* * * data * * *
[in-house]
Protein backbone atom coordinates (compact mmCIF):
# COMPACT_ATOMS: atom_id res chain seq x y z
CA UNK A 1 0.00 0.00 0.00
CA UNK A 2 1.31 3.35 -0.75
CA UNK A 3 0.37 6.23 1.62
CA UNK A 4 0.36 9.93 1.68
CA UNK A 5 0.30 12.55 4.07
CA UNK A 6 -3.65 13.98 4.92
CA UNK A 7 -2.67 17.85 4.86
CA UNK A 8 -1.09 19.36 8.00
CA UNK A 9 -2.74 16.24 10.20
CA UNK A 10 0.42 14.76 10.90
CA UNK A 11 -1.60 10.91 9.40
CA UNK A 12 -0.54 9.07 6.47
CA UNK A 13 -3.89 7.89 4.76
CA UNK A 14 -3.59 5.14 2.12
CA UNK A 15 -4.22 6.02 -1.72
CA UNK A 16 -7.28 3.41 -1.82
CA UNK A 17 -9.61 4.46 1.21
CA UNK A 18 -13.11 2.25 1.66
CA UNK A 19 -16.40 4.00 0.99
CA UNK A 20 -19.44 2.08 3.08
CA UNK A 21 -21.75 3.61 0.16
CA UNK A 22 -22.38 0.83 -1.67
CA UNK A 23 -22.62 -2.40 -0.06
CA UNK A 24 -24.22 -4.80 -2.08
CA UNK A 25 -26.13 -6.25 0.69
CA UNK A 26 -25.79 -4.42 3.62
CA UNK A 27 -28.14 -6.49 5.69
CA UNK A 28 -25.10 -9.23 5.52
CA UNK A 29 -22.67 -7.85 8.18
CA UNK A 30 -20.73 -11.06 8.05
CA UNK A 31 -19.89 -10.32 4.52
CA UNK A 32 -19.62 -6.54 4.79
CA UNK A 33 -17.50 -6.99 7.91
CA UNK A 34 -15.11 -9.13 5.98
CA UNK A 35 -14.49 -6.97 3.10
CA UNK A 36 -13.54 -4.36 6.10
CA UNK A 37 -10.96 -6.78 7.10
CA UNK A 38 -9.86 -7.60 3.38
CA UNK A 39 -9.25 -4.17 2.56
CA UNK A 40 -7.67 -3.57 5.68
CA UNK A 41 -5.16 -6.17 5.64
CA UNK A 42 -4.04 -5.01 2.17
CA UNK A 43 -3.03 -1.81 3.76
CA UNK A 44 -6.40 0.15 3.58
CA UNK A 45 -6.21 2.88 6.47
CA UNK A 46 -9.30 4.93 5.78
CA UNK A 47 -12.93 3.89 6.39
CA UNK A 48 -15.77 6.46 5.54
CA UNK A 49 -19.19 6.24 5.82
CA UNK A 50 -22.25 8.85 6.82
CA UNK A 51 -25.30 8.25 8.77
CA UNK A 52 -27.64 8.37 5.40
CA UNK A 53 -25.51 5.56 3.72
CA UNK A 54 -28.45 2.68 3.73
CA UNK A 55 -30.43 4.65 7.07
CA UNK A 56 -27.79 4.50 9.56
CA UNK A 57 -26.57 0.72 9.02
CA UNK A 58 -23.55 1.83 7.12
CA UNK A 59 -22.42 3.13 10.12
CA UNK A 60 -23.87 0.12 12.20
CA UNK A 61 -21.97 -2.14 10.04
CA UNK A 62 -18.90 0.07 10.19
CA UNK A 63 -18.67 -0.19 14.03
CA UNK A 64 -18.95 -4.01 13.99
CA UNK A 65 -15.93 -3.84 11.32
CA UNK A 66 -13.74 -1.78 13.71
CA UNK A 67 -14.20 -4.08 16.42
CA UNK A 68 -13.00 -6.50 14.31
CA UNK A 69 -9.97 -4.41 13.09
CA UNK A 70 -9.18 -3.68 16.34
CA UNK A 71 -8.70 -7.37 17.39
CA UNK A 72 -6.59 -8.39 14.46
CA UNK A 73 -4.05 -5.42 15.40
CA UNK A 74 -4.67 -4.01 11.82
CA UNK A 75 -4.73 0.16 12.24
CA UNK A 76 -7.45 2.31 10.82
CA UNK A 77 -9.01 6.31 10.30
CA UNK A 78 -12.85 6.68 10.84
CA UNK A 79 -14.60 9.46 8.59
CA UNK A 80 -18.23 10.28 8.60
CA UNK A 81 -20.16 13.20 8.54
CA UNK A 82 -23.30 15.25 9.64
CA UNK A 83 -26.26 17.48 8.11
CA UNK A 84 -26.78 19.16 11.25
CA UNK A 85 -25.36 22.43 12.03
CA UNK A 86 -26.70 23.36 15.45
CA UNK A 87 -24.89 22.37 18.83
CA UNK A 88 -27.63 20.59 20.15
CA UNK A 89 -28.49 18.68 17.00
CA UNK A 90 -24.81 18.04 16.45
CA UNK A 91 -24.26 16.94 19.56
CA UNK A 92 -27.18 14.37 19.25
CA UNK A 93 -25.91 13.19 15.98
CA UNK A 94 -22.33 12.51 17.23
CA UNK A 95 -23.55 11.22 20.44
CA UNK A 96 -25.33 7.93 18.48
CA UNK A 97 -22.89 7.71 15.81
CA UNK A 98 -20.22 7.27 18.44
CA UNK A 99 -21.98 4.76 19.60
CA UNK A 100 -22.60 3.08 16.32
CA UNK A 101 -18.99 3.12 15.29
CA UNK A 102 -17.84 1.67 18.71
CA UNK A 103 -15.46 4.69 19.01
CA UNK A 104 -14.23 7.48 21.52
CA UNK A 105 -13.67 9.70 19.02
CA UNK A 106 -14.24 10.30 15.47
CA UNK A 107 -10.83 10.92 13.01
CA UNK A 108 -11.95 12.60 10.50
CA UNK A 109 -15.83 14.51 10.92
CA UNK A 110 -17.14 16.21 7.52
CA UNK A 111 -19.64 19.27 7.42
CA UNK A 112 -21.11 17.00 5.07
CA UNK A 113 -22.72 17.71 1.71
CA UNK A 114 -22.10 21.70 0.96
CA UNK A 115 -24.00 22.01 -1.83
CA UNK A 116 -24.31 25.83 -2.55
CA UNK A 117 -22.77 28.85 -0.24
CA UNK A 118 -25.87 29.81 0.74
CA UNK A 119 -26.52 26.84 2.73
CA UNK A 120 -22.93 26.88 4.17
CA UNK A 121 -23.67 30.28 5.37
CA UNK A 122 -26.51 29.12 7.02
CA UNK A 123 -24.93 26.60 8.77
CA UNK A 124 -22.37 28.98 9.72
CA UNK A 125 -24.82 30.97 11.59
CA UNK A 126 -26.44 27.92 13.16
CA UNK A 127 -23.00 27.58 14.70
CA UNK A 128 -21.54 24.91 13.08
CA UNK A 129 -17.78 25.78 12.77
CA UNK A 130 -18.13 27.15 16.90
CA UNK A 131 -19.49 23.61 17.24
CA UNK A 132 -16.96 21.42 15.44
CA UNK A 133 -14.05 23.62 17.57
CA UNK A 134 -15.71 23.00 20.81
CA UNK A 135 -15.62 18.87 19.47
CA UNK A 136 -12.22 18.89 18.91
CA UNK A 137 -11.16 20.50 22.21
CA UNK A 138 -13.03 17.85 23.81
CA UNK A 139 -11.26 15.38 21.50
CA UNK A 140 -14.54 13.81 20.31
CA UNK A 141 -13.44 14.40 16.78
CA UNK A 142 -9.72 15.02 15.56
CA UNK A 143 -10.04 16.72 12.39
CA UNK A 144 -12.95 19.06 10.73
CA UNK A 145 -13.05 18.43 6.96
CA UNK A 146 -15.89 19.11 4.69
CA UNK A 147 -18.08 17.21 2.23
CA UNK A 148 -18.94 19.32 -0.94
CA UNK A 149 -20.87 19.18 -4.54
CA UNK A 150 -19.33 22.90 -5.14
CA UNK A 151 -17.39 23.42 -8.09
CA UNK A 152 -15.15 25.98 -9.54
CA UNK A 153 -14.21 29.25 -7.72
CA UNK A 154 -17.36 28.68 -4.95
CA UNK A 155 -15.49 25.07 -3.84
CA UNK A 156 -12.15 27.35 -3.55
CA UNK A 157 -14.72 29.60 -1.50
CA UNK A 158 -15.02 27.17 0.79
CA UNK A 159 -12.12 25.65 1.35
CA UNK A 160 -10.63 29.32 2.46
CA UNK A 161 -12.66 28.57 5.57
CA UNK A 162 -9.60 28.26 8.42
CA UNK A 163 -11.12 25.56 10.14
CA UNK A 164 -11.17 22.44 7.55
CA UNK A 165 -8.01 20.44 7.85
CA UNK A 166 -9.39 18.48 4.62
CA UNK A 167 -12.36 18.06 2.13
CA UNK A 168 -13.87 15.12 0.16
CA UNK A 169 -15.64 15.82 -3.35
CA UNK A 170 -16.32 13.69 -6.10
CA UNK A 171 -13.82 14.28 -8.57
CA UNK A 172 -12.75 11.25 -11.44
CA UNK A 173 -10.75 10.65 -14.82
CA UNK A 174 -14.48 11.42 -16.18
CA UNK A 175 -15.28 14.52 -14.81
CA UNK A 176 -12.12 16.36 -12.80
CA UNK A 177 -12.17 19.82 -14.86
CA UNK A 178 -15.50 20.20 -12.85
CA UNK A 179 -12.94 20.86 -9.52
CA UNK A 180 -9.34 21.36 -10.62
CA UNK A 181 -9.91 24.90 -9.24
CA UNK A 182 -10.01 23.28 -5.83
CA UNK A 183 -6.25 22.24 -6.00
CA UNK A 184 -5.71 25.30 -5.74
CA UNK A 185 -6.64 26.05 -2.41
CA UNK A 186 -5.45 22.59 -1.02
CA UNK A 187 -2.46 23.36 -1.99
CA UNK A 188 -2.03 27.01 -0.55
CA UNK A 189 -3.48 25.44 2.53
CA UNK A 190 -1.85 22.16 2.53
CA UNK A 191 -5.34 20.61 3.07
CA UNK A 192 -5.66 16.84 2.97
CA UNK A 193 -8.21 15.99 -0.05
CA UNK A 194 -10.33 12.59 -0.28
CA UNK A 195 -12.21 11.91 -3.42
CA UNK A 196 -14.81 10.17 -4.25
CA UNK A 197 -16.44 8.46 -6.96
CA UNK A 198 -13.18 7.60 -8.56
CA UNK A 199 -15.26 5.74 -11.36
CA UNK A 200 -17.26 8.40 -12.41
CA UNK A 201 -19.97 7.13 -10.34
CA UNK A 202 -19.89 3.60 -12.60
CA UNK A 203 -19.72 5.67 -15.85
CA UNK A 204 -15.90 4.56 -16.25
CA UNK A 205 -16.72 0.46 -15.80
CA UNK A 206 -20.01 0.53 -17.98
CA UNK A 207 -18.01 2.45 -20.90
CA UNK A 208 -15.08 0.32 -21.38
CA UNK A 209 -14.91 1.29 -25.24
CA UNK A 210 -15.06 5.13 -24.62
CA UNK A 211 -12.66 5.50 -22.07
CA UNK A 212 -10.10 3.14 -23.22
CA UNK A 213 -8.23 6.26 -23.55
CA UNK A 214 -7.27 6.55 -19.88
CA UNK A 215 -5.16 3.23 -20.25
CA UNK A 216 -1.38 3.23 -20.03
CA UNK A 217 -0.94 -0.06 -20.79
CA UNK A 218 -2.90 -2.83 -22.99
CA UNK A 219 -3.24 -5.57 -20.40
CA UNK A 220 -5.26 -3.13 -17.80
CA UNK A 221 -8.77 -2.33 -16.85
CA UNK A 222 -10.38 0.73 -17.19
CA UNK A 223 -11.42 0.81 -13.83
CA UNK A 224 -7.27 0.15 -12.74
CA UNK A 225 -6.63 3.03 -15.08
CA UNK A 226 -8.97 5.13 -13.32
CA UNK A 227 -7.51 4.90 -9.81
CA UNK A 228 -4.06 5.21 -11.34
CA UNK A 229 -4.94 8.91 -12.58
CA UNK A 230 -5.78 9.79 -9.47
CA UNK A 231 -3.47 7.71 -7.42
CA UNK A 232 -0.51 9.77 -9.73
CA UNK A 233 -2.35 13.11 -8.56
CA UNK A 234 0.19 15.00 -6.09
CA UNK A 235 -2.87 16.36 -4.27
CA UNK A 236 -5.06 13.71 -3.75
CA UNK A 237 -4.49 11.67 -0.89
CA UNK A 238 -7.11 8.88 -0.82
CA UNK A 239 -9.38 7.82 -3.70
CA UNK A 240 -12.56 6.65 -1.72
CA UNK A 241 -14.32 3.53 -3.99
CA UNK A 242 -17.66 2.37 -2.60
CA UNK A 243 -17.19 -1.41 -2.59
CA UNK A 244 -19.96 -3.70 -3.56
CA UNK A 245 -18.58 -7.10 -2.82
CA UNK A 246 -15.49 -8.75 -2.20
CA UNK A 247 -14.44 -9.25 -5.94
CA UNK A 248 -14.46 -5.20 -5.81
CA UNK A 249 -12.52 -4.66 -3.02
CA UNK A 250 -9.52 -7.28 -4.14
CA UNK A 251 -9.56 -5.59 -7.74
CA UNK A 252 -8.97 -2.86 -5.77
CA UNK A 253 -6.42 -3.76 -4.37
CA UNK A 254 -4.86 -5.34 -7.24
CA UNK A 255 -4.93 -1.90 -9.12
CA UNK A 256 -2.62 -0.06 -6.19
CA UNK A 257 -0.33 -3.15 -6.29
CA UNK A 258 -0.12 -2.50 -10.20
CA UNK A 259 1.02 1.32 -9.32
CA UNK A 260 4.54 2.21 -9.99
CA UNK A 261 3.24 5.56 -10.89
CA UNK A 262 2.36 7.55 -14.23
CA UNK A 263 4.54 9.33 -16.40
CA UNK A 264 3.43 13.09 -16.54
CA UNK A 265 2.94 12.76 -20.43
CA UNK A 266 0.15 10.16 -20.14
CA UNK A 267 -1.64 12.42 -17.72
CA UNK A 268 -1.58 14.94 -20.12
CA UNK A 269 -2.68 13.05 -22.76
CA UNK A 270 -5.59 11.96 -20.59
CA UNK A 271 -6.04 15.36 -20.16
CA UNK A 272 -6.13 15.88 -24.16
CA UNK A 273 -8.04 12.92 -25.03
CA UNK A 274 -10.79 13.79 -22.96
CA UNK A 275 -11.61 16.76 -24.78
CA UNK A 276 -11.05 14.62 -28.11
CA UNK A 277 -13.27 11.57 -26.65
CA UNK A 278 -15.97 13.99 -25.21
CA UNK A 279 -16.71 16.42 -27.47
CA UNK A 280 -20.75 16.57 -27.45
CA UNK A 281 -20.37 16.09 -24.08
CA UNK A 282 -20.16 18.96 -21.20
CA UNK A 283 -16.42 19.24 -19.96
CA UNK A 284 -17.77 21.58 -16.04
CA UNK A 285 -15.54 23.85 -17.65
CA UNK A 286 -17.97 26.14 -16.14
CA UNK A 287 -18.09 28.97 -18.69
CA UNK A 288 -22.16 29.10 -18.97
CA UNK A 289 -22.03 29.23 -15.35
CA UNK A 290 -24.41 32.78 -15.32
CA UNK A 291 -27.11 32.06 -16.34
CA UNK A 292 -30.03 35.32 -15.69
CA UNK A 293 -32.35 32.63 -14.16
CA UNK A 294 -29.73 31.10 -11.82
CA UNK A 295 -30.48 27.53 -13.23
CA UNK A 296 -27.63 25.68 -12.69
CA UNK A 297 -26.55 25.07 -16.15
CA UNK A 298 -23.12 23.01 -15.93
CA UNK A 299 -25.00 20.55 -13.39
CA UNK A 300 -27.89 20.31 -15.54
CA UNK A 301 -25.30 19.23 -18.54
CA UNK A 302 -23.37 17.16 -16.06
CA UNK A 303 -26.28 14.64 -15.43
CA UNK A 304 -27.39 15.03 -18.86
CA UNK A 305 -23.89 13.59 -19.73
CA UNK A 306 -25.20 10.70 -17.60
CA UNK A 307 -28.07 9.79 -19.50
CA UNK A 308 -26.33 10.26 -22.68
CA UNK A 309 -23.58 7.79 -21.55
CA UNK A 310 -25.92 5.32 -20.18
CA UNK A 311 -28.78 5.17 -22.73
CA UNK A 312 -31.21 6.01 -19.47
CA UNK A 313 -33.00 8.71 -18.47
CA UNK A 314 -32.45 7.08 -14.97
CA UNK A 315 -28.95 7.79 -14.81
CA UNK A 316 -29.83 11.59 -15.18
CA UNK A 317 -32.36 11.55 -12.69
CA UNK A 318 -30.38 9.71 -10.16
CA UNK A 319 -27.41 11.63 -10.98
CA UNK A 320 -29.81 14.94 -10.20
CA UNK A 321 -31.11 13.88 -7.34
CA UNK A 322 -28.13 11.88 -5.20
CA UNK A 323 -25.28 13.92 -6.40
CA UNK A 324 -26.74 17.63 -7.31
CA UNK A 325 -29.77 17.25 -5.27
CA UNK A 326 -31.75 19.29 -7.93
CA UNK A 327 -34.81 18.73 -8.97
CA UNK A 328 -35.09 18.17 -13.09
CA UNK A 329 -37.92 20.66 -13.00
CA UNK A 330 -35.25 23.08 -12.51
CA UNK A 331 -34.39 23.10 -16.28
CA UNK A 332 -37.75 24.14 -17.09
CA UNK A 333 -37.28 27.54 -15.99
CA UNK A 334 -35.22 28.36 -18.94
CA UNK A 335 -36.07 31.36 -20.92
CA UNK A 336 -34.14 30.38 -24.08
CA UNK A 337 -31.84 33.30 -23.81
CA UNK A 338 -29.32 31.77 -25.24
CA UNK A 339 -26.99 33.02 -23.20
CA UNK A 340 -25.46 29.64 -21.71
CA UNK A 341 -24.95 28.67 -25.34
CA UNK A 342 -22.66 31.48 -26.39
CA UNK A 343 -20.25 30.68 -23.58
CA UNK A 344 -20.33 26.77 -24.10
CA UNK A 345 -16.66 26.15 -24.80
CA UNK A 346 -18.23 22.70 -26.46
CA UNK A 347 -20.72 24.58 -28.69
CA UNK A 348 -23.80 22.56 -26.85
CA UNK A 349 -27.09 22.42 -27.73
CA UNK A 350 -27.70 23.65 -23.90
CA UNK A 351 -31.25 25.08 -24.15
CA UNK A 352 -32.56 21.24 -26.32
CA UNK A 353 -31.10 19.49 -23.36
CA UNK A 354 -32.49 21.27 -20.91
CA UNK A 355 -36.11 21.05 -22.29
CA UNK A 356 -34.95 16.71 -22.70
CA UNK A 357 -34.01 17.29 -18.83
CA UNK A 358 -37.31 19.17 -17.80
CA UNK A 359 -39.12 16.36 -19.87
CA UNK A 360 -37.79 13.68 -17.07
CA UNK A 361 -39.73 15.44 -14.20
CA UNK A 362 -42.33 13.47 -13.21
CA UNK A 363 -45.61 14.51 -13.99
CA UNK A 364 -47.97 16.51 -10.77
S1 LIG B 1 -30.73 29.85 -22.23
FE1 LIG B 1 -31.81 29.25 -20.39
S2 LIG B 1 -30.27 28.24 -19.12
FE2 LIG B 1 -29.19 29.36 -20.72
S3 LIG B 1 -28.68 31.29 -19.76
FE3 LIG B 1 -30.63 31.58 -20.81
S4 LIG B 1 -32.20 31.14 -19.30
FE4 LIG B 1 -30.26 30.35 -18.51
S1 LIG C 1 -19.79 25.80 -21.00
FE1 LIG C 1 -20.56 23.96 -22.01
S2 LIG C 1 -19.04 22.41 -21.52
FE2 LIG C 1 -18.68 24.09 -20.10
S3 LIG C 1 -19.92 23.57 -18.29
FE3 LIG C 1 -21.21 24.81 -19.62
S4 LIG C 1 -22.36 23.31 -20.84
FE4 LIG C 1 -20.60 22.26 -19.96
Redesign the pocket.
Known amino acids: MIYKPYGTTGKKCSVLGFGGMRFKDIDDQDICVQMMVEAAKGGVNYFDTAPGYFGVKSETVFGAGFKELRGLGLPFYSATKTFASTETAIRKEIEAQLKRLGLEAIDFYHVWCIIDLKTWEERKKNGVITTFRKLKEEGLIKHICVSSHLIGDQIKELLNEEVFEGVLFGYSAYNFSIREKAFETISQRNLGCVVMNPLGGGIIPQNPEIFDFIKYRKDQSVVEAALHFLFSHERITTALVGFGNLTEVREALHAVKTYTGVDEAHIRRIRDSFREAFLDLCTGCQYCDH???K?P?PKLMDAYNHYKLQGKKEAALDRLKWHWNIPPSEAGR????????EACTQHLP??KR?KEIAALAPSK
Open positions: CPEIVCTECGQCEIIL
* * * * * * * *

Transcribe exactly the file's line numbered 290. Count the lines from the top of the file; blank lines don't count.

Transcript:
CA UNK A 287 -18.09 28.97 -18.69